For example, U.S. Pat. No. 2,749,601, issued to Rouillon, discloses a pistol-shaped device into which a magazine of travelers is fed laterally. A tongue is used to advance an individual traveler from the magazine outwardly towards a spinning ring. Ultimately, through interaction with a feed head provided on the device, the traveler is placed onto the ring. U.S. Pat. No. 2,953,845, issued Ramseier, also discloses a device where travelers are fed in laterally. The travelers move along a guide rod, and adjustment means are provided for travelers of different sizes, through use of an eccentric pin. Further, U.S. Pat. No. 4,575,933 issued to Neff, discloses a device where ring travelers are supplied on a flexible magazine strip and are transferred to a magazine bar by pulling at the magazine strip in a pre-determined location. The magazine bar is bent off at one end and is tapered in order to form a hook for temporarily holding a traveler prior to placement on a ring.
Other devices have also been patented for dispensing small items, such as U.S. Pat. Nos. 2,222,125, issued to Stehlik, and 3,353,736, issued to Bauer, which each disclose devices having cartridges with holding cells that are individually exhausted in succession. The Bauer device carries drapery hooks, and the Stehlik device carries nails. U.S. Pat. No. 2,931,038, issued to Wandel, discloses cartridges of staples wherein layers of staples are used in succession.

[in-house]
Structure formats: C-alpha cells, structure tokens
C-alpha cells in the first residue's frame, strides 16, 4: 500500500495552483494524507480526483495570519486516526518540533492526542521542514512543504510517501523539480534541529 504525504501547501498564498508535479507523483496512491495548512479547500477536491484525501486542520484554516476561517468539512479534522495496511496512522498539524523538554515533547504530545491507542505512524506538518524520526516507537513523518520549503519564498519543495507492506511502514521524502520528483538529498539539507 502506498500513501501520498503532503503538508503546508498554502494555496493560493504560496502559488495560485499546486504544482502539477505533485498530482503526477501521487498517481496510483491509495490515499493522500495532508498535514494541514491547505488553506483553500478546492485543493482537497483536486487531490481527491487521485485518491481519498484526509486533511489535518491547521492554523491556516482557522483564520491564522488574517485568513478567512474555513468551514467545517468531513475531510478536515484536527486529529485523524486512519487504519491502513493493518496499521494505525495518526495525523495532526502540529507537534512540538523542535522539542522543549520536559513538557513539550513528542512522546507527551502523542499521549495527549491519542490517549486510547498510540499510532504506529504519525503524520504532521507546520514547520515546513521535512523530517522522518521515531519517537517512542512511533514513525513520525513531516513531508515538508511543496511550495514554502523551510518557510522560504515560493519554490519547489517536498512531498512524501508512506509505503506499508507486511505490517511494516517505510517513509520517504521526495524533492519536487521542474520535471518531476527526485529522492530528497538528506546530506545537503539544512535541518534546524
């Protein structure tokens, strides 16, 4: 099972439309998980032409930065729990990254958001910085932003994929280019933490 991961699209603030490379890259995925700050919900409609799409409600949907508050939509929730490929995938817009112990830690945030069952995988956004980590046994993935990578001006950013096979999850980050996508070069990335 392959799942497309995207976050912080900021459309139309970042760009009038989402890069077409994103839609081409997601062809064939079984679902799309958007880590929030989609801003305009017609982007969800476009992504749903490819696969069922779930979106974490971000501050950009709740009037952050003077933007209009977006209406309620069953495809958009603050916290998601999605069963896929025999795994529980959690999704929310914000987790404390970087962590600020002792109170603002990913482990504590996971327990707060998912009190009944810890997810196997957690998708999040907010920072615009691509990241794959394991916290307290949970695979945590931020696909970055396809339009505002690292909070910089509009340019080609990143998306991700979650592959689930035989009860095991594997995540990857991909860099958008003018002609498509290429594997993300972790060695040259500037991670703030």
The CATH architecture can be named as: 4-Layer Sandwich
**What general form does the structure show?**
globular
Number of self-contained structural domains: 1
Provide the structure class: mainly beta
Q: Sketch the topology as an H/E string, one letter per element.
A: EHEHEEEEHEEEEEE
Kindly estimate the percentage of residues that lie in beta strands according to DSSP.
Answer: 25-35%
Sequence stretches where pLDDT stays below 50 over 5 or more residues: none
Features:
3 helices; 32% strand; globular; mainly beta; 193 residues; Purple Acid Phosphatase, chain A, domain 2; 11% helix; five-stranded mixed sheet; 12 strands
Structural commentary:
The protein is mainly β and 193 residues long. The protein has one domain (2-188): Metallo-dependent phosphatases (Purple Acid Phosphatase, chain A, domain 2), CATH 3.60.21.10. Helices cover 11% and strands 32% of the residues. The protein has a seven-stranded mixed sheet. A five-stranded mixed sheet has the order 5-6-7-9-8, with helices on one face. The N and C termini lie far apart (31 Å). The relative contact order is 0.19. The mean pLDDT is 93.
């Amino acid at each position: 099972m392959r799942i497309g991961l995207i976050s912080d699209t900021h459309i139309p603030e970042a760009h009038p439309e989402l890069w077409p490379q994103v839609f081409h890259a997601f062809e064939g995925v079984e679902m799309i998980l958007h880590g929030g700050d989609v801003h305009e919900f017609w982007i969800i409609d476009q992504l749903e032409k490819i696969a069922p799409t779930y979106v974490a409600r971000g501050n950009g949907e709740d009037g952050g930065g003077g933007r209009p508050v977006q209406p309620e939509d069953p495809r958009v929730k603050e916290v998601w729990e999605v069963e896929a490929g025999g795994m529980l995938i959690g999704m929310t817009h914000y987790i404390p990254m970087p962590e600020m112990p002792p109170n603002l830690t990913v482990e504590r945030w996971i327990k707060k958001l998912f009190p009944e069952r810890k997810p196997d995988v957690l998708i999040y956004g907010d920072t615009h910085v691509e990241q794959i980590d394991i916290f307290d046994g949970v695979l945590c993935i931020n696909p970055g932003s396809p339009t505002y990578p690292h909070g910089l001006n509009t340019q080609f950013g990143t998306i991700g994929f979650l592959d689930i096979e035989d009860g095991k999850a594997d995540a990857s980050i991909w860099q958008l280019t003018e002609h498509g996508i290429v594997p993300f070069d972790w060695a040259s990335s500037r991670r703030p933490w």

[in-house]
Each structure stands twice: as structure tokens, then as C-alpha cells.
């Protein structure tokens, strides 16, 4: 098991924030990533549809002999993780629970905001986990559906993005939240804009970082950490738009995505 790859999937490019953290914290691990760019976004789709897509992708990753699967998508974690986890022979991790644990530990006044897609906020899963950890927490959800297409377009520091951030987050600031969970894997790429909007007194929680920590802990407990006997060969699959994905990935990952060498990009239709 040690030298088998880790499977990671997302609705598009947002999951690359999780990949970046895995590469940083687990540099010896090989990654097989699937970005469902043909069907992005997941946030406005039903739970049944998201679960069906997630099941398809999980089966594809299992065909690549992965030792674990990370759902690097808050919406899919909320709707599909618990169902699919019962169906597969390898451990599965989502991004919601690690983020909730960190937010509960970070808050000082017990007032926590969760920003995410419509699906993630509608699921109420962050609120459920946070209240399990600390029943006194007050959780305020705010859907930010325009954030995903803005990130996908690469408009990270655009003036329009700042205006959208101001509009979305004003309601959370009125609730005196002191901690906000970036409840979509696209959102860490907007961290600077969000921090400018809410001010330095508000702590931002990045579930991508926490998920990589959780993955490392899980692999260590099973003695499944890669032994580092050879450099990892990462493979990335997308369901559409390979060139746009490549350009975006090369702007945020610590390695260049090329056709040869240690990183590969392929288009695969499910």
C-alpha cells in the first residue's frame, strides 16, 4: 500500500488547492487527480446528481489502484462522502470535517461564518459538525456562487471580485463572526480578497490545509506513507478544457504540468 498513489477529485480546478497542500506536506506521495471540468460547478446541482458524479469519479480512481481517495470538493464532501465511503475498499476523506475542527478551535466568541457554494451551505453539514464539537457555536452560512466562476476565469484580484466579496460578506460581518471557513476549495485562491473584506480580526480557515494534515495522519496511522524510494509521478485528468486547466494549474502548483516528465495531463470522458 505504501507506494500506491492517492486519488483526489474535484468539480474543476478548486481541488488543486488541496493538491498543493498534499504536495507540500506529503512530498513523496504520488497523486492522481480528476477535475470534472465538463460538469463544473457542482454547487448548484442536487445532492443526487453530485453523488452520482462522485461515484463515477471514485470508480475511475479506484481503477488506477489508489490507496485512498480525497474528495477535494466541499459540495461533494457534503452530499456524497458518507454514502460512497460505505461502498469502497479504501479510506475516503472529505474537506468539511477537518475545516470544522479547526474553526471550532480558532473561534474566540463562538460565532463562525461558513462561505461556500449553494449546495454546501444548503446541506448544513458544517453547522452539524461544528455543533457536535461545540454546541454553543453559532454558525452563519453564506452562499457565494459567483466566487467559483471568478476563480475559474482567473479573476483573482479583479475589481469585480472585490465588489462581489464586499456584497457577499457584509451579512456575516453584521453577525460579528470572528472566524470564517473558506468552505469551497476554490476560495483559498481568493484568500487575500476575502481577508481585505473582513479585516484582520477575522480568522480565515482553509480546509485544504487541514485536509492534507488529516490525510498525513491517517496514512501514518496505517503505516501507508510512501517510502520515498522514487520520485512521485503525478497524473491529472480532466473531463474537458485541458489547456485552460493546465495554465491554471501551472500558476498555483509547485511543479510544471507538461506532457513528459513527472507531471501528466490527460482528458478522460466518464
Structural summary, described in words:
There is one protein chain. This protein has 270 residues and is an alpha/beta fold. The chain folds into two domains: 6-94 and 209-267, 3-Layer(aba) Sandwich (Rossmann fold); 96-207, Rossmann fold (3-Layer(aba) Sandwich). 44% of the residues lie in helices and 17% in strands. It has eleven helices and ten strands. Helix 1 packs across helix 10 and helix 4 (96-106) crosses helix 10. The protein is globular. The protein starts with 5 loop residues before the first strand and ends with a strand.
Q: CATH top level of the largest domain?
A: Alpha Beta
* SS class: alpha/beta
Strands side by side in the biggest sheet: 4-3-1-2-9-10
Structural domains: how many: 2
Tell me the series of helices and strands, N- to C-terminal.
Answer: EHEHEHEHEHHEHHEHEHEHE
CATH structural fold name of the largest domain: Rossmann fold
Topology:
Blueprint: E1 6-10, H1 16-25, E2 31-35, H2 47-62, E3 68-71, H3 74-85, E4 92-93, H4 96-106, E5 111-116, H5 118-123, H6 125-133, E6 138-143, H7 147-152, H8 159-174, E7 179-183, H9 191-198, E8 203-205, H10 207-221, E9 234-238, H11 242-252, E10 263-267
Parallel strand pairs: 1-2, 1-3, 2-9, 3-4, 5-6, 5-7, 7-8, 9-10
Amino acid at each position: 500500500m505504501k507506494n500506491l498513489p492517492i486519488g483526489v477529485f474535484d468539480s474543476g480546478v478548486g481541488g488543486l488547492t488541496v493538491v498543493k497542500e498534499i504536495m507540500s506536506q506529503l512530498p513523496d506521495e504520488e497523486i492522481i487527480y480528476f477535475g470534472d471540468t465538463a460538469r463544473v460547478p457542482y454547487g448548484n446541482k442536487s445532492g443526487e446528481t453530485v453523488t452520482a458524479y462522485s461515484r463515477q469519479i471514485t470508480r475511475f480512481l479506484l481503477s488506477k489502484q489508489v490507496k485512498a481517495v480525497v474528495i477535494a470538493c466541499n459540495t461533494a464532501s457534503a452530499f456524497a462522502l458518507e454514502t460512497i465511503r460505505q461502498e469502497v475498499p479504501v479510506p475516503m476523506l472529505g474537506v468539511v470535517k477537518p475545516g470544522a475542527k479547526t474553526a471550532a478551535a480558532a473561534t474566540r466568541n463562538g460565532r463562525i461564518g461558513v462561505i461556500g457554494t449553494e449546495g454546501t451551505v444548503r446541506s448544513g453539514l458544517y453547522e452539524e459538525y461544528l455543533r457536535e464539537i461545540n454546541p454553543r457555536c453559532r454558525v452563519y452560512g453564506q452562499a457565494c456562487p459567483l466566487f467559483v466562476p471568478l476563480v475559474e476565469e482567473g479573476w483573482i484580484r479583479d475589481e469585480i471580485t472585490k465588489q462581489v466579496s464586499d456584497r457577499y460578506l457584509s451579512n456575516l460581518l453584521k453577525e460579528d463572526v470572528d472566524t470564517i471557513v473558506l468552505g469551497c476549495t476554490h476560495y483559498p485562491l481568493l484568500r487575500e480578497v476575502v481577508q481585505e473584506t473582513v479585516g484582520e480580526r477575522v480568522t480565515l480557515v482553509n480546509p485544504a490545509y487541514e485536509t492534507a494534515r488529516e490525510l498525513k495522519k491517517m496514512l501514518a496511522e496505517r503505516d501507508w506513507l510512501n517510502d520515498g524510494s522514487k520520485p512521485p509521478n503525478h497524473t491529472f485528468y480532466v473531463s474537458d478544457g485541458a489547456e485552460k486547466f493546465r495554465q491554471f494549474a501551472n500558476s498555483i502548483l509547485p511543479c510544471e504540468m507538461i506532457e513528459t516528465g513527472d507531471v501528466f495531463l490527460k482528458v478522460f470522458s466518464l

While the foregoing designs are known, there still exists a need for quick and easy-to-use system for inserting a supply of travelers into an applicator and for applying the travelers to the ring of a textile fiber processing machine.
It is, therefore, the principal object of this invention to provide a traveler application system which provides for easy loading of travelers into a traveler applicator and expedited placement of travelers onto spinning and twisting rings.
It is another object of this invention to provide a cartridge loaded with travelers which can be inserted into a traveler applicator.
It is yet another object of the present invention to provide an expendable cartridge carrying multiple rows of travelers for use in a traveler application device.
Yet another object of the present invention is to provide a method of replenishing travelers in a traveler applicator.